McGill students rallied in front of the McConnell Engineering Building near the Milton Gates on Wednesday in solidarity with thousands of pro-democracy protesters in Hong Kong, who are calling for free elections in 2017. The protests come in response to the Chinese government’s laws regulating who will be permitted to run for election to become the leader of Hong Kong. Recent events have attracted international media coverage.
The event, organized by students and endorsed by the Quebec Public Interest Research Group (QPRIG) McGill, was also attended by professors and members of the Montreal immigrant community.
The decision to hold the rally at McGill University was a symbolic one, according to Michael Law, U2 Arts, who was involved in organizing the rally.
“[This] shows that we’re in solidarity with the students in Hong Kong, and that we know that an empowered people will empower others and a freed person will free others,” Law said. “Democracy is contagious and this is a non-hierarchical, grassroots movement.”
During the rally, Law addressed the issues that students in Hong Kong are currently facing.
“The students […] are fighting an uphill battle against an undemocratic government and are being brutalized by the police with excessive force while they exercise their right to assembly in a peaceful manner,” he said.
Catherine Lu, professor of political science, attended the rally but questioned its effectiveness.
“I am not actually sure what kind of impact such movements can have,” she said. “I am just here because I want to express some kind of solidarity with the students who are protesting in Hong Kong against the electoral process.”
This hesitancy was shared by Juan Wang, a McGill professor of contemporary Chinese politics.
“I don’t think [the protests] will affect the Chinese government’s decision in any way,” Wang said. “[There] are always anti-Chinese government protests, whether it’s [in] Tibet, [by] students, or [by] Chinese [people] living abroad [….] It doesn’t really change the Chinese government’s policy [….] I am not sure to what extent this foreign support would substantively affect the protests in Hong Kong.”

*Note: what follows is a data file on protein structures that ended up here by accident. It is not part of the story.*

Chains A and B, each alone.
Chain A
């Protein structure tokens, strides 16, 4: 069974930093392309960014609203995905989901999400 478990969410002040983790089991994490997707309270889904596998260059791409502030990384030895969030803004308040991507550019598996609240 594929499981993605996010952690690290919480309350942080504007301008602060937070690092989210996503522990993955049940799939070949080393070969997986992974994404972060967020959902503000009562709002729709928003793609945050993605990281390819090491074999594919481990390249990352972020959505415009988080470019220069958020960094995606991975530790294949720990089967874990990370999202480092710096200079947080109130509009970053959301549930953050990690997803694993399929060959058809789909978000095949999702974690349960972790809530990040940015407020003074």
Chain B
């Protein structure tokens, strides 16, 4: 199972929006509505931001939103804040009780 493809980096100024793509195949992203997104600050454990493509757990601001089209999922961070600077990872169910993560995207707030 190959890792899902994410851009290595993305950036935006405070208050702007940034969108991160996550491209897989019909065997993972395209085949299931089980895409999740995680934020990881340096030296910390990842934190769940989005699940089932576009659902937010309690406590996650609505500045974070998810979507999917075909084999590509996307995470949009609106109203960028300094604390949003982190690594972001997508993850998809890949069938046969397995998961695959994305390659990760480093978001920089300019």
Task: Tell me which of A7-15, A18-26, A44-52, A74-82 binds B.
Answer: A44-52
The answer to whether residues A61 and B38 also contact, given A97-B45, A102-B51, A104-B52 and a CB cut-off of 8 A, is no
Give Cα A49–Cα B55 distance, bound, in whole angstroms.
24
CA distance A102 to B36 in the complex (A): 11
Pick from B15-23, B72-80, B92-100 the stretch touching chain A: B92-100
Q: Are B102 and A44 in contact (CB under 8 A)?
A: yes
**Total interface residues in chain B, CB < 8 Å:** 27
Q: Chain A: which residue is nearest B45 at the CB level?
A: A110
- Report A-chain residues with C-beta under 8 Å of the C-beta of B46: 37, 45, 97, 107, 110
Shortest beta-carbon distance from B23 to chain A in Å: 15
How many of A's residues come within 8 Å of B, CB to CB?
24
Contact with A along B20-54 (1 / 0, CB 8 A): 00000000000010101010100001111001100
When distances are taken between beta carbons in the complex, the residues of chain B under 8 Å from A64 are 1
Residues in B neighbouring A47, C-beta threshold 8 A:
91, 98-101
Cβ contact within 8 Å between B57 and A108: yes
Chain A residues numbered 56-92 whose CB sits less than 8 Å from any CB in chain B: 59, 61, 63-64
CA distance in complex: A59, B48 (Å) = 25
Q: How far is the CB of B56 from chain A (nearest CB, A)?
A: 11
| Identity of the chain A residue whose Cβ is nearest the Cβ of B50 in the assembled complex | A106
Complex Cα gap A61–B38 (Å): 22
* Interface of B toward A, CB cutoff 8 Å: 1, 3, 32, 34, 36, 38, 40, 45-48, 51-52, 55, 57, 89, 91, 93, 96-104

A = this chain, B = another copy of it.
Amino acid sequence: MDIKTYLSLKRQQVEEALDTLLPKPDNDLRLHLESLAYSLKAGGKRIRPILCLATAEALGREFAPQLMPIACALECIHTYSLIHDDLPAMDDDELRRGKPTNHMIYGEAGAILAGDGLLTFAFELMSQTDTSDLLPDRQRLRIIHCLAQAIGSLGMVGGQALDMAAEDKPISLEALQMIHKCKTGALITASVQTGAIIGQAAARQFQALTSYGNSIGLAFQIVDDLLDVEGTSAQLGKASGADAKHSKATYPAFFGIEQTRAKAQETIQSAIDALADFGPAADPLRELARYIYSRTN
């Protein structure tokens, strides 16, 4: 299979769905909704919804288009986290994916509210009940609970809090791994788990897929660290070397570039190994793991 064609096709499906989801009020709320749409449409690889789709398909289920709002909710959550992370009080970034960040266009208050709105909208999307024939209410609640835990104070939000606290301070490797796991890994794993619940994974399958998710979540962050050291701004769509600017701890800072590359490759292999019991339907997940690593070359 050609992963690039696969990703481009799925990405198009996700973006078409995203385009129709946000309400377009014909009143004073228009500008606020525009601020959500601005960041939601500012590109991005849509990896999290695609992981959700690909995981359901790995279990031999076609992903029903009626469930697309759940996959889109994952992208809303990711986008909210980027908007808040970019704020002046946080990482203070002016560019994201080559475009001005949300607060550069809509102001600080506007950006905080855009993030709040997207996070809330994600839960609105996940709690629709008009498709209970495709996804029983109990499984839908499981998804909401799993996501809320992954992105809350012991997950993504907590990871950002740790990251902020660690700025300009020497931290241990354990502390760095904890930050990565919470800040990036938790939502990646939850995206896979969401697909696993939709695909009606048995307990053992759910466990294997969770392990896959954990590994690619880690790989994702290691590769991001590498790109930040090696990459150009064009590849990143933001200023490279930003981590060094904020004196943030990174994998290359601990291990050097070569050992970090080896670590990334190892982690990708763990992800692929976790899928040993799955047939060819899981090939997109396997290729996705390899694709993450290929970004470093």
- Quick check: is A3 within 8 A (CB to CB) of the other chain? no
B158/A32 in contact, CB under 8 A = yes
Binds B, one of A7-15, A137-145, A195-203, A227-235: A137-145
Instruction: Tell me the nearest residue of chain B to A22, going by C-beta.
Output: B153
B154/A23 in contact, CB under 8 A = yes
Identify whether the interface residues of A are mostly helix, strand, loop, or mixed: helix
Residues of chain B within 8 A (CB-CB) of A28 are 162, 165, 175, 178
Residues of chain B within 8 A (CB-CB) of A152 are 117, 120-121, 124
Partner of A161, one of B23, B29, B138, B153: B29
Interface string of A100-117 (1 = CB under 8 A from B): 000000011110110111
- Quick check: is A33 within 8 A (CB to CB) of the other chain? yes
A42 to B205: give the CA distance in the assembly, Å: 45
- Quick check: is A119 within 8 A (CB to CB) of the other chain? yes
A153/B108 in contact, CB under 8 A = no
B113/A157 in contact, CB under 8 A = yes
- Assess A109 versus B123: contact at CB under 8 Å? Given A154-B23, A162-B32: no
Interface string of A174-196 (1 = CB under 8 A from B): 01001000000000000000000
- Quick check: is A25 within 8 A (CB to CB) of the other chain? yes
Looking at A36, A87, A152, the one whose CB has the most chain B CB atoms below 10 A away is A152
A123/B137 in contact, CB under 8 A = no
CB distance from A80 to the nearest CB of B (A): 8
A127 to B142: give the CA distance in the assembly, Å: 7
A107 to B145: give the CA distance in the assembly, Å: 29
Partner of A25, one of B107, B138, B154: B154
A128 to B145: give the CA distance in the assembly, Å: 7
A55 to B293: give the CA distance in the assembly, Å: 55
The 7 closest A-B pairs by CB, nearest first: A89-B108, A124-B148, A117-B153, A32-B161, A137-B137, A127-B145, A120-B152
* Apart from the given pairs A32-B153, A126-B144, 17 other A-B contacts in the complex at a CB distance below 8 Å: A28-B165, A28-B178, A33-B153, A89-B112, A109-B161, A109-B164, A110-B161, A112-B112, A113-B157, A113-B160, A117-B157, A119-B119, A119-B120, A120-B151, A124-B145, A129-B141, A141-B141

The protests in Hong Kong have been compared to the Tiananmen Square events of 1989, when the central Chinese government cracked down on pro-democracy demonstrators in the Square with tanks and armed forces. Professor Wang explained that the two events, while sharing some features, were very different.
“The comparison is mainly because its a student protest and because it’s large-scale and in general it’s pro-democracy,” Wang said. “[However,] what the students back in 1989 called democracy might be very a very different thing than what the Hong Kong students want now. In terms of the overall political environment, the Chinese government had much tighter control back in 1989 [….] Hong Kong does have a system—even though it is not direct elections—it does have a very relaxed political environment compared to mainland [China.] I can see the protests going on for a while, but I don’t really see how [the participants] in [current] protests [are] similar to what we saw in 1989.”
Wang said that she was not surprised that students were at the forefront of the demonstrations in Hong Kong and abroad.
“When you look at large-scale protests in many countries, in many instances, it is always students,” she said. “Students are easily organized [and] have more time. They are idealists; they tend to have a more liberal ideology, a more radical ideology.”